3. WIT/DMR Consulting Scholarship Program 2000

Want to win an ACER Laptop computer, MCSE certified course,
Microsoft software, cash towards HECS fees, paid work experience
in the IT industry or an executive woman's designer wardrobe?

Are you a woman of vision whose leadership, professional excellence
and new ways of thinking help you stand out from the crowd?

Women in Information Technology (WIT), Queensland’s premier
organisation for women in the Information Technology and
Telecommunications industries, has launched its annual scholarship
program for career development.

The five scholarship awards, each valued to $10,000, are:

WIT Undergraduate Scholarship - supporting and encouraging a
full-time female undergraduate majoring in IT at a South-east
Queensland university. The runner-up is also rewarded.

Postgraduate/Honours Scholarship - will recognise a woman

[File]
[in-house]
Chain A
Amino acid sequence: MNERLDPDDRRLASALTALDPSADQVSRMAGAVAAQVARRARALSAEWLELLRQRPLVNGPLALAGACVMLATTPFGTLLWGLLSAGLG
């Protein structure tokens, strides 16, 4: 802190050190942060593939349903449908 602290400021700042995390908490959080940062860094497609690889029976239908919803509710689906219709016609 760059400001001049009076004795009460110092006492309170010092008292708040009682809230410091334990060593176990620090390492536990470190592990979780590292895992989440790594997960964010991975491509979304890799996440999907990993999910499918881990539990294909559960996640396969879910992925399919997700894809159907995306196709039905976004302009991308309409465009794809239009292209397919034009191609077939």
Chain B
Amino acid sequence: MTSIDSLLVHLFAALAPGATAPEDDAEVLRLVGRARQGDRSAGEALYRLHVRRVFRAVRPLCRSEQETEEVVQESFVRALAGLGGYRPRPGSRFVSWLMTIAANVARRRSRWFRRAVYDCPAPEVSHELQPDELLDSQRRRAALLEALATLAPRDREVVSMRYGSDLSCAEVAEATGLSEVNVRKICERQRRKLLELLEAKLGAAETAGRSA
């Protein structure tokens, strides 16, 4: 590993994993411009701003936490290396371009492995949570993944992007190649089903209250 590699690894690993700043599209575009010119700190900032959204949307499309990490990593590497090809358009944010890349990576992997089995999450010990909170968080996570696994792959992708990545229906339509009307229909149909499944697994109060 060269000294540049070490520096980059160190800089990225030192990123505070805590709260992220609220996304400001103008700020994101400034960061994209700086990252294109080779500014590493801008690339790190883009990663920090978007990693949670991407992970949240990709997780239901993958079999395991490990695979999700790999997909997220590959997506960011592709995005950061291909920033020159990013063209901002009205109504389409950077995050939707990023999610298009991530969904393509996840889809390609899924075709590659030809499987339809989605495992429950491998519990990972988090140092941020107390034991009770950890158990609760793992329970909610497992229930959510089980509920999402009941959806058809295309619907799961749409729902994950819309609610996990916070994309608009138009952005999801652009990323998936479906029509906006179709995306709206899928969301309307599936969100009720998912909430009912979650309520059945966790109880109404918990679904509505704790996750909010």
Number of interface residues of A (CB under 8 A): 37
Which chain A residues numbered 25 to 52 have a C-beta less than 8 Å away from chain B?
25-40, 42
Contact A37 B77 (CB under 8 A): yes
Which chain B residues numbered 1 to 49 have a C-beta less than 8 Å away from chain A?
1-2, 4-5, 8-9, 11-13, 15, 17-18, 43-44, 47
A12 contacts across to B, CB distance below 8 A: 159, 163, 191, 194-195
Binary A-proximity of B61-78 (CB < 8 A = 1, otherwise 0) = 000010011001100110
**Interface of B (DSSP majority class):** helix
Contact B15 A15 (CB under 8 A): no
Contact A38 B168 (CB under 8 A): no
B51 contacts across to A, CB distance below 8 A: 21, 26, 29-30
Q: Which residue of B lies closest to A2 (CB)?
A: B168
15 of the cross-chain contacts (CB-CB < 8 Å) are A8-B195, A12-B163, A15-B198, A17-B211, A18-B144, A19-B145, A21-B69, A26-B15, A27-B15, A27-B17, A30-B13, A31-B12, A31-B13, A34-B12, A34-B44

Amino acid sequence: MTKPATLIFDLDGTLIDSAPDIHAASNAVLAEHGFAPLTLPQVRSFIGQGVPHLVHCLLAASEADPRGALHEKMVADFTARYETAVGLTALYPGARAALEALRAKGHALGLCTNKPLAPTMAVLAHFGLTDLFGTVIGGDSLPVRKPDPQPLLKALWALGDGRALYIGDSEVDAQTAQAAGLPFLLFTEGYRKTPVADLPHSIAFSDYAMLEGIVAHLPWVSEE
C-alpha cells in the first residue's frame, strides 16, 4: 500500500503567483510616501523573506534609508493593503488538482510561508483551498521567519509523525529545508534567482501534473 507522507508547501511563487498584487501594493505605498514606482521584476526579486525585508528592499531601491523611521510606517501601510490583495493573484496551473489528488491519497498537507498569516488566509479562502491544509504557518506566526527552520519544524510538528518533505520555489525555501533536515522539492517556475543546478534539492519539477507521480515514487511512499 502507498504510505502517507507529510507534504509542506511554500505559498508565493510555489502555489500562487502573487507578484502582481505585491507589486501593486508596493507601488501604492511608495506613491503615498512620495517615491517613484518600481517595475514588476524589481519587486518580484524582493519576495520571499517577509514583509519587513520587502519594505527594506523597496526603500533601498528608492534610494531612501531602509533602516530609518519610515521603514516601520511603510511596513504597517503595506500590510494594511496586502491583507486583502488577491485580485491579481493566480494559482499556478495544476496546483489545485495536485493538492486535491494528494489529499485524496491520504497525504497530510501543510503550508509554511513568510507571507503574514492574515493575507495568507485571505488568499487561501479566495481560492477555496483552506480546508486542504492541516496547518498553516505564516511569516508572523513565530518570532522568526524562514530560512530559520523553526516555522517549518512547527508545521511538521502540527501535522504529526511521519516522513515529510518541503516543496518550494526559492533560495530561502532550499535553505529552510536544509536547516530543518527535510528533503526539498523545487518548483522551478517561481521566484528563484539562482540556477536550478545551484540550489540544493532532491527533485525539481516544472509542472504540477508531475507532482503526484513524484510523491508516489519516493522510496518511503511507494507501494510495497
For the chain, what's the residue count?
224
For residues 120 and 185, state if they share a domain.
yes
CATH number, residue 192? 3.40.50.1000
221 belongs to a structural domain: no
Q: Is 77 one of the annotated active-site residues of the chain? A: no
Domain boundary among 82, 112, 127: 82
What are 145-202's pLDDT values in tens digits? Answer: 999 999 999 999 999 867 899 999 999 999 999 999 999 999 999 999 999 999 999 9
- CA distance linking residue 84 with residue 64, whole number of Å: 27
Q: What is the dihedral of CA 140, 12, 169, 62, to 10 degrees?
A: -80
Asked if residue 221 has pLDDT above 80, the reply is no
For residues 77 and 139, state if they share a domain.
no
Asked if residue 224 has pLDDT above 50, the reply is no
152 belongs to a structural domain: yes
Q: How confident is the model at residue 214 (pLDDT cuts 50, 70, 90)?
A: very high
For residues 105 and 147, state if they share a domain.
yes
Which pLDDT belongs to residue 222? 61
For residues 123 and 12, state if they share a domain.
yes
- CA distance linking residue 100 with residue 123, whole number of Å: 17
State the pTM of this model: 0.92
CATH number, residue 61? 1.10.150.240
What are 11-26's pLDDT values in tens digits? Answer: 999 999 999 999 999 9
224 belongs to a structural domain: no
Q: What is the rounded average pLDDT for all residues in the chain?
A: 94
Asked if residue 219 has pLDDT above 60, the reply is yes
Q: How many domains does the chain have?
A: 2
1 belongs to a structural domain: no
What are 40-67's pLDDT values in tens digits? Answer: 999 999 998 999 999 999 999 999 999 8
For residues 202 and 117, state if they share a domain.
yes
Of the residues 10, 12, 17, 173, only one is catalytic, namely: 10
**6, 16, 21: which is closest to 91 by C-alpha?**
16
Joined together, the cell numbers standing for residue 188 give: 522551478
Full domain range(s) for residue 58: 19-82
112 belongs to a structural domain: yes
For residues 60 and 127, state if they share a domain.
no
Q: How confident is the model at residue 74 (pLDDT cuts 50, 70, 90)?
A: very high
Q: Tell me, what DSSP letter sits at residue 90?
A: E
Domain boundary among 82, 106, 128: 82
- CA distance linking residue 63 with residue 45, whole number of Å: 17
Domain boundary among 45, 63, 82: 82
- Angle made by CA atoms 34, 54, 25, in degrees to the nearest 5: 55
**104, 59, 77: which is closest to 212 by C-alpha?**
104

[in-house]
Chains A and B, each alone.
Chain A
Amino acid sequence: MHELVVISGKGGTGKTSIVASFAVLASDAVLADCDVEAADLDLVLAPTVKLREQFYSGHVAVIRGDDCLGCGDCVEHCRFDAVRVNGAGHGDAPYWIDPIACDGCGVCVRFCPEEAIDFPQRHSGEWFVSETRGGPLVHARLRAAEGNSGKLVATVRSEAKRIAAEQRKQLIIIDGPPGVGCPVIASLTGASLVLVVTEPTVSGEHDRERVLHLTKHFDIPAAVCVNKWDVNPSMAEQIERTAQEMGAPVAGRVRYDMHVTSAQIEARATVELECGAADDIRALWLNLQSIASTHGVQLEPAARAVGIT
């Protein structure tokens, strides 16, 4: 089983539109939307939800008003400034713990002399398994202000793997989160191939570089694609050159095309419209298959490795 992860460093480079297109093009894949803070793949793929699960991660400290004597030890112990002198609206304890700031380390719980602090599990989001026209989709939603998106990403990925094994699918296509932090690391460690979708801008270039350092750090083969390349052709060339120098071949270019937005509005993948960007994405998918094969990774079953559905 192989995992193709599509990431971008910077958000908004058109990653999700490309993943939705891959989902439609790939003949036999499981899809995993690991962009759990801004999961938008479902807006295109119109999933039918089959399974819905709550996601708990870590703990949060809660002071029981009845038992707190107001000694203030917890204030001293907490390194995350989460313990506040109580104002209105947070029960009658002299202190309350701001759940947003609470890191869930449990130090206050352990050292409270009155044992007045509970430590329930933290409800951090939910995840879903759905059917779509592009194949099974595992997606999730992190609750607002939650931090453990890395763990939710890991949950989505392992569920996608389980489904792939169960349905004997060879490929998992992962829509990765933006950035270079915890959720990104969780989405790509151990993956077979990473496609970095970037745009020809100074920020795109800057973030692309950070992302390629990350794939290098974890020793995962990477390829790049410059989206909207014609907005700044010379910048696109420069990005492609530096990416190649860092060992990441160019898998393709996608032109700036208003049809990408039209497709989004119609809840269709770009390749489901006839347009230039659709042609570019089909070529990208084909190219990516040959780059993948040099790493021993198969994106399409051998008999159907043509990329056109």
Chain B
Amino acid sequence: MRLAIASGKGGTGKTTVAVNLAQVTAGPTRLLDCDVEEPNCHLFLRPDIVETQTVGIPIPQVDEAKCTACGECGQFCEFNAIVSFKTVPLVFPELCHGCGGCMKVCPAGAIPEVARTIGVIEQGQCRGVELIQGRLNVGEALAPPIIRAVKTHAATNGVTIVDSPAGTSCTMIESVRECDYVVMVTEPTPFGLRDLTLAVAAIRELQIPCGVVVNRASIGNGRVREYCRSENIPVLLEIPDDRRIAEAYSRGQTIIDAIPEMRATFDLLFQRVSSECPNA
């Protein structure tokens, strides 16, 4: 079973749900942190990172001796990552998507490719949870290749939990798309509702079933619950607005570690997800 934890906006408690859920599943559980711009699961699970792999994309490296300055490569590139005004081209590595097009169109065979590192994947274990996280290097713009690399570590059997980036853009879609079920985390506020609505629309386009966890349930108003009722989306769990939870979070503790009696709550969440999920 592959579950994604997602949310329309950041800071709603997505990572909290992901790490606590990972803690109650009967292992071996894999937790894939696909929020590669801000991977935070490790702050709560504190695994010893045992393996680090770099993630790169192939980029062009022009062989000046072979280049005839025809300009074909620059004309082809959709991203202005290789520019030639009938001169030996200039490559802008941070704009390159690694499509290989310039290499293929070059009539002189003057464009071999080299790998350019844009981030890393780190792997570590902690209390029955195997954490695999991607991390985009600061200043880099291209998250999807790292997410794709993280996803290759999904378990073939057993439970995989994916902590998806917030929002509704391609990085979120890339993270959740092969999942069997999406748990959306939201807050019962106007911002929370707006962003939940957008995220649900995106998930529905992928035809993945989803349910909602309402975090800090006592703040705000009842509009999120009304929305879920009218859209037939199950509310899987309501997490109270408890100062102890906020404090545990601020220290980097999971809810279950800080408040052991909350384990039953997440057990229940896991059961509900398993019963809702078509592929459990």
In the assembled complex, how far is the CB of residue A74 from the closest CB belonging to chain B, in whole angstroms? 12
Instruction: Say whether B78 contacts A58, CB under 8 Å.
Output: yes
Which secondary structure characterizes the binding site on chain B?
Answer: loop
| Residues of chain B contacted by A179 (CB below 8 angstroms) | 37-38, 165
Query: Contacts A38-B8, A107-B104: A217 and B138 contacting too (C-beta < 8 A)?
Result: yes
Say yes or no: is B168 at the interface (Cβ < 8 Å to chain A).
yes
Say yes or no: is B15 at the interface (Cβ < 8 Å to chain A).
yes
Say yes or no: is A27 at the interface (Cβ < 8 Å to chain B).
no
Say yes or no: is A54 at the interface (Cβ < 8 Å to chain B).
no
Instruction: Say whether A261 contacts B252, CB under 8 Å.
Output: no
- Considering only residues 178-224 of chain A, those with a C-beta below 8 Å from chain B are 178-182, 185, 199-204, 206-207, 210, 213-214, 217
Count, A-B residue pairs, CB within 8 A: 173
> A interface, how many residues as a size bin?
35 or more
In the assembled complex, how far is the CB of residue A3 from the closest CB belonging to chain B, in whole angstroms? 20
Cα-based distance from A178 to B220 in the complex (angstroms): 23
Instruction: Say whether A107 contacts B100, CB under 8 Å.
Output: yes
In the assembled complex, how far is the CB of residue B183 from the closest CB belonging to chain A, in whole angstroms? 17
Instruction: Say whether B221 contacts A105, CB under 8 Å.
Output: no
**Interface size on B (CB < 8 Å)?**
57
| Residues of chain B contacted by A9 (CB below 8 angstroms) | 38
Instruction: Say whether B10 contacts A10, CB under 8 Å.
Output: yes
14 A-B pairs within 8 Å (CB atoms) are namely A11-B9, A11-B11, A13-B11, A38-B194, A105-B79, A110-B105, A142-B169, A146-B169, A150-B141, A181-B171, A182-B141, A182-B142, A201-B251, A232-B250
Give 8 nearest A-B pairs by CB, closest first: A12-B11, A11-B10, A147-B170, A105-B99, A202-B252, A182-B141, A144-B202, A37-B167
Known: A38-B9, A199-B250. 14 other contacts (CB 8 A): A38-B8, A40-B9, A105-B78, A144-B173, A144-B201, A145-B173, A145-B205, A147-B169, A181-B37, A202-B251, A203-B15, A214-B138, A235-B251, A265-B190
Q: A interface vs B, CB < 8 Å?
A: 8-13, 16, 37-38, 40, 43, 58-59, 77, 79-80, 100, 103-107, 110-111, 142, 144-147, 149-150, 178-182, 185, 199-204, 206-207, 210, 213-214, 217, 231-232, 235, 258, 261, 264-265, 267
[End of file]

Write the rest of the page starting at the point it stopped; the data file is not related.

undertaking postgraduate studies in IT.

Executive Woman Award - to better prepare executive women who
play a valuable role in supporting Australian companies – and to
encourage more women with IT skills on to company boards.

Technical Woman Award - provides a training track to achieve
Microsoft Certified Systems Engineer (MCSE) status for an
outstanding woman in a technical role.

Rural/Regional Woman Award - rewards a woman who is making a
difference in the rural/regional community using IT.

Applications close 5pm on 16 March so best be quick.
Winners will be announced at a black tie event on 11 April at
The Tivoli Theatre.

For more information contact the WIT Secretariat at
info@wit.org.au, phone 3272 4588, or visit http://www.wit.org.au.


4. March workshop

The Web Content Workshop for Wednesday, 22 March, at Gabba Towers
already has several bookings. See http://www.brizcomm.com.au/